Wednesday, November 21, 2012

Greens drainage (Falls Rd and Laytonsville)

Laytonsville and Falls Road have recently undertaken important major projects in order to improve the consistency of greens surfaces.  The vast majority of all greens in the MCG system are “pushup” style greens.  These are old (30 – 80 years old!) greens established on native soil, and “pushed up” over time by consistent topdressing programs.  While most of them perform well all year, there are a few in particular that don't drain well.  Over the past 2 weeks, Laytonsville completed work on the 14th green, and Falls Road installed drainage on the 9th and 18th greens.

In the picture above, you can see the distinct layer, about 5 inches below the surface (That 5 inches is the result of 30 - 50 years of sand topdressing!).  It was common in the “old days” to use a layer of inexpensive mason sand when the green was built.  This layer does NOT allow for good water infiltration into the soil, and even through years of deep-tine aeration and other practices designed to eliminate the layering problem, some greens continue to see performance issues due to the nature of the soil from 6 to 14 inches BELOW the surface.  If the green was shaped (during the original construction) out of a poorly structured soil that was terrible to begin with, then there is no amount of aeration or cultural practice that is going to alleviate the drainage problem to that depth.

This is why we have chosen to continue installing drainage in selected, wetter than average greens.   When some greens stay wet after rain, it means we can’t mow them with the others, providing inconsistency.  Furthermore, wet greens have more problems with turf thinning or loss due to anaerobic (no oxygen) conditions and increased disease pressure.  MCG’s goal is to continue to provide you with great conditions, and this can only be achieved by working on projects like this every year. (p.s. golf course superintendents LOVE these projects!)

Rebuilding a green completely to USGA specs can easily cost $50,000 per green.  However, modifying a green using our own in-house resources by installing drainage like we have just done here can be completed for less than 15% of that cost per green including labor costs.  Plus, a complete rebuild to a sand-based green would keep the hole closed for the good part of a calendar year while it is grown back in.  Our drainage work allows the green to be re-opened immediately following approximately 4-5 days of work!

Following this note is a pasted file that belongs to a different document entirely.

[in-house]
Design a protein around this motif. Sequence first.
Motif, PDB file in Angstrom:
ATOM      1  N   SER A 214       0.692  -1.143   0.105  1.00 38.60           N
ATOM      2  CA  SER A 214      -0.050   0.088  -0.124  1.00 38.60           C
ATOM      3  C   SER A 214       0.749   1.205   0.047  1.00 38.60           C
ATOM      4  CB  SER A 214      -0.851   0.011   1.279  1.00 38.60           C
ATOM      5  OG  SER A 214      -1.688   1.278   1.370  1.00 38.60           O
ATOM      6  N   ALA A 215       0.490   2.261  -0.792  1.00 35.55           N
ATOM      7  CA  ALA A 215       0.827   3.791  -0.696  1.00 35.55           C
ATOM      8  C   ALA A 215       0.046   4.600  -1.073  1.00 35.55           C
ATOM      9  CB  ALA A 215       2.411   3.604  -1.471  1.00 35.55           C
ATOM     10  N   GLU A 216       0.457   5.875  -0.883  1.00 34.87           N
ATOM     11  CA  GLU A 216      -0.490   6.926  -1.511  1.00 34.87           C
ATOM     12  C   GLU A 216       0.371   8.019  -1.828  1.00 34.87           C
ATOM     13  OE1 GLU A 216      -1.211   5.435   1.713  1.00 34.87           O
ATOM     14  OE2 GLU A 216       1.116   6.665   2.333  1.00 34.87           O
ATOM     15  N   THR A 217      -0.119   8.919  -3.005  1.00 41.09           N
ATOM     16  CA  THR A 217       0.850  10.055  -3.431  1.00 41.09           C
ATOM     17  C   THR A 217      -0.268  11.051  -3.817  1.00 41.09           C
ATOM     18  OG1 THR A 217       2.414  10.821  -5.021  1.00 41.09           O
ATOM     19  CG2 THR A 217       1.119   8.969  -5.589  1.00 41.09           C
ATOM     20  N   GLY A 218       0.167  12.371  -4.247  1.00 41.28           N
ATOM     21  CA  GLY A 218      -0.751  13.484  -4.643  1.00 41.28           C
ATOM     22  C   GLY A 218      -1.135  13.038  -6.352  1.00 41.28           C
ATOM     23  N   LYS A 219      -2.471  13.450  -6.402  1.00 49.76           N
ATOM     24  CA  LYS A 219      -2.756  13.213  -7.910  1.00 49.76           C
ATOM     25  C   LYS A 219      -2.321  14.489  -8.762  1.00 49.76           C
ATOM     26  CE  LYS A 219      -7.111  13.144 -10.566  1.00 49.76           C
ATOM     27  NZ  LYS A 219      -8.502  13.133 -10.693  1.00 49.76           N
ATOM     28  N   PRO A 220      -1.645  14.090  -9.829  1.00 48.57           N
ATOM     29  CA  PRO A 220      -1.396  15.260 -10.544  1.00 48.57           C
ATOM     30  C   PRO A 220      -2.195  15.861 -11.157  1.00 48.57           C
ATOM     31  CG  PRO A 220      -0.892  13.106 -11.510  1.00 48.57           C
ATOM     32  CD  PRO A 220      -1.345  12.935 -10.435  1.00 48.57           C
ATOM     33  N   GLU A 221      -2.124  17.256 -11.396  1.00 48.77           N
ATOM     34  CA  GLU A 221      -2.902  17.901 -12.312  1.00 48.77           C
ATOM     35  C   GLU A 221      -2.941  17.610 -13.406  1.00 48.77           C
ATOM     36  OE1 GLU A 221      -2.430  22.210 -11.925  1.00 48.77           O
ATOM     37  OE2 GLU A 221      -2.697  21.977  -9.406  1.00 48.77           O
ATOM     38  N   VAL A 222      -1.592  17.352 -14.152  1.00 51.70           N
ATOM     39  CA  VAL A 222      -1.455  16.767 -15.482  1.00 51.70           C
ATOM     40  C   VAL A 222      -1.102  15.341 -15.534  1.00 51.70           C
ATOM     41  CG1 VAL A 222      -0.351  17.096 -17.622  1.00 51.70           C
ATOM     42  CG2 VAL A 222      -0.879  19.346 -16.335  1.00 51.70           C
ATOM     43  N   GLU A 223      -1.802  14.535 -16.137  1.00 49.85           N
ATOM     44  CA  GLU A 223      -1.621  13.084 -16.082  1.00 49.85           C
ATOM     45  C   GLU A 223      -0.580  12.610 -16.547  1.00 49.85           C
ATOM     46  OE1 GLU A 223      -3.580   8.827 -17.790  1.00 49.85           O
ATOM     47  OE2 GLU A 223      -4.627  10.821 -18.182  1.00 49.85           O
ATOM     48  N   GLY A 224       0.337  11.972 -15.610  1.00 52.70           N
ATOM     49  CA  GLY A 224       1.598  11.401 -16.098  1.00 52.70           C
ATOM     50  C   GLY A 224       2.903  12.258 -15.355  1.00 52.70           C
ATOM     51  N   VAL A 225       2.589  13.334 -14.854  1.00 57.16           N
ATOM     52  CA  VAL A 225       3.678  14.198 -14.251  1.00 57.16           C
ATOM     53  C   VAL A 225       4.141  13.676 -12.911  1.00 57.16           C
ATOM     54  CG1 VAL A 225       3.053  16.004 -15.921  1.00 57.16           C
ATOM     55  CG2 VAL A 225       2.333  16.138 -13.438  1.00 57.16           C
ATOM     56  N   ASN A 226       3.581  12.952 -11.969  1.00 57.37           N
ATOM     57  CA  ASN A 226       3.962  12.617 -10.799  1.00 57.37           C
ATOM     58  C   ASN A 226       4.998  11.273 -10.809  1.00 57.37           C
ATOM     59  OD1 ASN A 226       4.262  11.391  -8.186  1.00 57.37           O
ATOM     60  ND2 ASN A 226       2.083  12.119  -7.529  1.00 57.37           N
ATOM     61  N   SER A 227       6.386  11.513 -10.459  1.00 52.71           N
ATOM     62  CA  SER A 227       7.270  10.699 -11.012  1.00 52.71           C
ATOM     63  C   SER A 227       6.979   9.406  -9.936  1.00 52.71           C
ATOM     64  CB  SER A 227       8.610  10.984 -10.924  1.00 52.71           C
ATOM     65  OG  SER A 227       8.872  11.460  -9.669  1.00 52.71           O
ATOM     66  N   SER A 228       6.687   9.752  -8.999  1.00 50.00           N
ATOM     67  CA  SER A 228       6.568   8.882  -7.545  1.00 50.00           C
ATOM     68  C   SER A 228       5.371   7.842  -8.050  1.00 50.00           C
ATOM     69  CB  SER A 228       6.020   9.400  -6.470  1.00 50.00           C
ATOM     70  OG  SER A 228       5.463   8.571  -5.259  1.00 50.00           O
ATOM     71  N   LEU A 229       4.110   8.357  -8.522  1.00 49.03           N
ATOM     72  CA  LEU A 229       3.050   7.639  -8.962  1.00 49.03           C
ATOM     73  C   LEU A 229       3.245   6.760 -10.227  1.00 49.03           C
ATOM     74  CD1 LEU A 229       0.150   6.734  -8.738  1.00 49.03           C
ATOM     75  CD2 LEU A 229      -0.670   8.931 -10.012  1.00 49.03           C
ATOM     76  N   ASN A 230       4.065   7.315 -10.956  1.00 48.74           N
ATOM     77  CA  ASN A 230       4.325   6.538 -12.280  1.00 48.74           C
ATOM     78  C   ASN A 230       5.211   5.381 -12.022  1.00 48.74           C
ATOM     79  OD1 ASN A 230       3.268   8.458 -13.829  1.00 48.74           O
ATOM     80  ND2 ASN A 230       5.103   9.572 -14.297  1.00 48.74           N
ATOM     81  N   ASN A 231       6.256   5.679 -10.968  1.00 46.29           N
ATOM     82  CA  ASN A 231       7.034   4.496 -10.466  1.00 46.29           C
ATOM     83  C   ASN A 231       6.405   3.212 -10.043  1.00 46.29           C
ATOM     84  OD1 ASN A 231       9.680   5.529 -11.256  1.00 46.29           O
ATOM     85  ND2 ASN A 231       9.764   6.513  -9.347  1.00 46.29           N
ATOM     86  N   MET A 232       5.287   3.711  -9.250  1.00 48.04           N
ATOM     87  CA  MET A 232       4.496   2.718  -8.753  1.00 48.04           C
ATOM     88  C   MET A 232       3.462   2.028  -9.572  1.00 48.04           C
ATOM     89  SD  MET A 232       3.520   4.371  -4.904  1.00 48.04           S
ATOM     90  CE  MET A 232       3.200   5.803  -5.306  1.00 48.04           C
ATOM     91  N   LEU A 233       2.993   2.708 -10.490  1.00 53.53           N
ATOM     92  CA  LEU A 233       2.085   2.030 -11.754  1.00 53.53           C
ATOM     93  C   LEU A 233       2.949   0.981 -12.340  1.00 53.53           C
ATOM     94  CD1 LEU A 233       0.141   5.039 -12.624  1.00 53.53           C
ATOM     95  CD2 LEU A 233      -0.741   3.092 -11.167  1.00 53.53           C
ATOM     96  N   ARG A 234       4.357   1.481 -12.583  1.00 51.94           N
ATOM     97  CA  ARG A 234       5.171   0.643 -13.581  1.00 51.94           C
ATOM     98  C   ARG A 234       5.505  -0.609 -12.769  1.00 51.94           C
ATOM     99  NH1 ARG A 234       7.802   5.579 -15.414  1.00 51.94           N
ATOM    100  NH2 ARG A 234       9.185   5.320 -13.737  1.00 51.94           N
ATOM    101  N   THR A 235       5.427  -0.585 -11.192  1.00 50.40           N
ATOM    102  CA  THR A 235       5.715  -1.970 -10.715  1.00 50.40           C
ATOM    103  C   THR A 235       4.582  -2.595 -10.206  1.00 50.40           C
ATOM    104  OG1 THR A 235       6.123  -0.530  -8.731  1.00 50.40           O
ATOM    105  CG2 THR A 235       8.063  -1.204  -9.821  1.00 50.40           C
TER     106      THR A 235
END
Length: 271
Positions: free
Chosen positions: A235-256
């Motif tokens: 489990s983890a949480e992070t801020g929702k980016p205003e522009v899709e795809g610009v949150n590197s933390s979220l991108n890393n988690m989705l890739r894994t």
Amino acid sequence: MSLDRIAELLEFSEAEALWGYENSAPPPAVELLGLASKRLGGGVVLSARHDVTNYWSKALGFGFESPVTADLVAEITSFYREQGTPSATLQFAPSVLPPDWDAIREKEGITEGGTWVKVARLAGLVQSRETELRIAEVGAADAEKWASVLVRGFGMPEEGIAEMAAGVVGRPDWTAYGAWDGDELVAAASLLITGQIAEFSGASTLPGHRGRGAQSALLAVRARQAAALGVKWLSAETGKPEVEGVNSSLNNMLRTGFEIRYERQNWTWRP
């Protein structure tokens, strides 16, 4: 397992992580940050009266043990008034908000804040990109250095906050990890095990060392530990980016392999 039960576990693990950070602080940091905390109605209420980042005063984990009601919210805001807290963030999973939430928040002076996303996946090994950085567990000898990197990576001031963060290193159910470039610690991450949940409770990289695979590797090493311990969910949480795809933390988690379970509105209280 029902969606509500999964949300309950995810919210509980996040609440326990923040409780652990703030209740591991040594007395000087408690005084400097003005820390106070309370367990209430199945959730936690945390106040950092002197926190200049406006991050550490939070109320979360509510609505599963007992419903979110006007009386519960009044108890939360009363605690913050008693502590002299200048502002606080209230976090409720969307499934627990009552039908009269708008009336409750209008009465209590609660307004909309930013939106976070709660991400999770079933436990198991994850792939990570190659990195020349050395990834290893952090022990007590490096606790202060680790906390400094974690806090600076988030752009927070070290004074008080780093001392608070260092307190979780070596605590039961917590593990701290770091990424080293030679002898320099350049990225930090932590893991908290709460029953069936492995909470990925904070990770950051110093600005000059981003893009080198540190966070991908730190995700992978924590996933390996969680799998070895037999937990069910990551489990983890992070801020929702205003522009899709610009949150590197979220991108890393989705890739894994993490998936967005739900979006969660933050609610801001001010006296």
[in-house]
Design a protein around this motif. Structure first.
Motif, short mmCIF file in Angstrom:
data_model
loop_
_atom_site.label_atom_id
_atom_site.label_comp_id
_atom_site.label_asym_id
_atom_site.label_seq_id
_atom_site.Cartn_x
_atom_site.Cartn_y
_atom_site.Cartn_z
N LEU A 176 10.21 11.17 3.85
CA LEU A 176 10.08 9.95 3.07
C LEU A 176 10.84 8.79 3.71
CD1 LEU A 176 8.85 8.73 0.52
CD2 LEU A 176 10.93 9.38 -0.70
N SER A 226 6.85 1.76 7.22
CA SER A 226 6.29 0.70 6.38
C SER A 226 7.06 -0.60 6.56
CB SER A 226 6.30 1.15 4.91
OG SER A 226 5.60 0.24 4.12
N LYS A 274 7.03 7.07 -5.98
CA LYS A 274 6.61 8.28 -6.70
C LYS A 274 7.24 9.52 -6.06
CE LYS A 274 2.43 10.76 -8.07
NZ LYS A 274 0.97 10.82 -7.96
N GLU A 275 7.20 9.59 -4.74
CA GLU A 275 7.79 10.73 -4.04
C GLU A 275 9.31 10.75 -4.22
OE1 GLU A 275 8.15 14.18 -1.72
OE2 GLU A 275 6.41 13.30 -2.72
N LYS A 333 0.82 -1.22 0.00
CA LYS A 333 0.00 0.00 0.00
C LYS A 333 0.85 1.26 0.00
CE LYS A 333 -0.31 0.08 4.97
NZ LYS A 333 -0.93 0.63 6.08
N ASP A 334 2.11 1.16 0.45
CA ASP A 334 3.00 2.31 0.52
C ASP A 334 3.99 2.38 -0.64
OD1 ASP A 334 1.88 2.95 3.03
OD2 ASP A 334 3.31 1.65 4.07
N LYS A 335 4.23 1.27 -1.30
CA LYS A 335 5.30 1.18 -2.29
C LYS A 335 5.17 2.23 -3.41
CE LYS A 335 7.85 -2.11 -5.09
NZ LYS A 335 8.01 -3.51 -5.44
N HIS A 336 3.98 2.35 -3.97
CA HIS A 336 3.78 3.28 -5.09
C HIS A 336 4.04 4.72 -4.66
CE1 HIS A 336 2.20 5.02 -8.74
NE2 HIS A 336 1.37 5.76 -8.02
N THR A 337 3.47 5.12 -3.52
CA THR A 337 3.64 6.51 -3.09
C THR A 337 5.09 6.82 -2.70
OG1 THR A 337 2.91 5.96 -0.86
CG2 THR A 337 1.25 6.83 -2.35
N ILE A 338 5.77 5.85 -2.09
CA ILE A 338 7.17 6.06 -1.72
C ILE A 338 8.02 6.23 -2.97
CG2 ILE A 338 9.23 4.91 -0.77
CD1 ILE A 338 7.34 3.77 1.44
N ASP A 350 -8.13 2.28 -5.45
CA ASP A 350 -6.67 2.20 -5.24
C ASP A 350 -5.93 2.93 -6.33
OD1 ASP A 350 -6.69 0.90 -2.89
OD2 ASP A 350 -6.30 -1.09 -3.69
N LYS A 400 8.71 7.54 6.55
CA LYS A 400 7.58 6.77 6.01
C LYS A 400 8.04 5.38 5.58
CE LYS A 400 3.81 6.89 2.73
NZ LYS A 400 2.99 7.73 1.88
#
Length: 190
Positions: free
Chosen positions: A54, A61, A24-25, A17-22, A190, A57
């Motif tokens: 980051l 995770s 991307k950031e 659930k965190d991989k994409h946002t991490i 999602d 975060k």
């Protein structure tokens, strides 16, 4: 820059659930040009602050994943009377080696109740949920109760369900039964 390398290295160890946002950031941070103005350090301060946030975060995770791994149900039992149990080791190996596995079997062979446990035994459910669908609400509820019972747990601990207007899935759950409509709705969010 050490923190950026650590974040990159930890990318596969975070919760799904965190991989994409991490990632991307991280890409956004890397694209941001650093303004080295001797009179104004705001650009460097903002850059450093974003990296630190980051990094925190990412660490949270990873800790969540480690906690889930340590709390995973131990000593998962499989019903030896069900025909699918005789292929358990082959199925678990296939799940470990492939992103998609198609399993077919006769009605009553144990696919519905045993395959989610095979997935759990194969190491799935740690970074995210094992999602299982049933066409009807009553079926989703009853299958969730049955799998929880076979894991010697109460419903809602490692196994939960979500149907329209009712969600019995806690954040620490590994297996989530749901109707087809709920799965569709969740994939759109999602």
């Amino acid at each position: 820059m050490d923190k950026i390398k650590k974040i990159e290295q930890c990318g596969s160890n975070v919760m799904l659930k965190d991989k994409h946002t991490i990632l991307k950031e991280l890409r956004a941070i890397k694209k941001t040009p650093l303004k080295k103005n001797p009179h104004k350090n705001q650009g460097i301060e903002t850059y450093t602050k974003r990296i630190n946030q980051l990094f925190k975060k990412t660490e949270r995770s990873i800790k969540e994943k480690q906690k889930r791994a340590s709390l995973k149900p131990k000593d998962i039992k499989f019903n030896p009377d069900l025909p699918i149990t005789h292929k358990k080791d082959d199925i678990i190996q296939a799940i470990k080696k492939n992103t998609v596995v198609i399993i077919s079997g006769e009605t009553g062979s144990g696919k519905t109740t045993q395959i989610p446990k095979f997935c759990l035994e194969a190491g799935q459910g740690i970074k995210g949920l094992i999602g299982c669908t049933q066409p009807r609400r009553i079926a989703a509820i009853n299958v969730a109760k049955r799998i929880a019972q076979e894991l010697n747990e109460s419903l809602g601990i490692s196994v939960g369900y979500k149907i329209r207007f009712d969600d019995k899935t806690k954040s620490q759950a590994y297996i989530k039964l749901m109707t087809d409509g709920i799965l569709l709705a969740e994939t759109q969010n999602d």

We install 18” deep drain lines on 6 foot centers and backfill the trenches with a sand mix of 60% sand, 20% peat, and 20% soil.  This mixture is ideal for holding nutrients AND not draining too fast that they become unmanageable in the summer.  Why 6-foot spacing on drain lines??  Soil physics.  An 18” sand trench like this will pull water from about 3 feet on either side of it.   

Here’s how we did it:

Strip 7" wide lines using a manual sod harvester, cut sod pieces to length, and remove.  Look at all those nice aeration holes!
Keep sod pieces organized so they can be put back in exactly the same order they were removed.  This ensures that the sod lines are less noticable because the turf "pattern" on the green stays consistent.

Trench 18” deep (average) after laying down plywood along drainage channels.  Depth is varied to ensure water flows properly in the new drain pipe below given subtle undulations of the green surface.

Remove spoils.  Labor intensive, but sure does make a cold day feel a little warmer!  We try to make sure all traffic (foot and otherwise) stays on the plywood to reduce compaction and keep the surface smooth.

Install 2" perforated pipe, checking slope with surveying equipment.

Backfill and tamp the 6-2-2 mix often to ensure there is no settling.
       VERY carefully and precisely put sod back.  Each small piece could take 2-3 minutes or more to make sure it is PERFECT because you will be putting on it in about 2 hours from when this picture was taken!!

VERY LIGHTLY tamp the sod pieces into place once they are inserted into the channel.  Here we want to be careful not to compact the sod, but also make sure the surface is smooth.

6   Once completed, the greens are blown off, irrigated, and double, triple, or quadruple rolled as necessary to make sure they are playable.  Then, finally, we cut a new cup in the green and it is open for play the same day!  Our teams worked tirelessly to get these greens done and open for Friday afternoon and weekend play.  Kudos to a great staff!  We will continue to roll and will be doing some topdressing on these greens to help sod seams heal.

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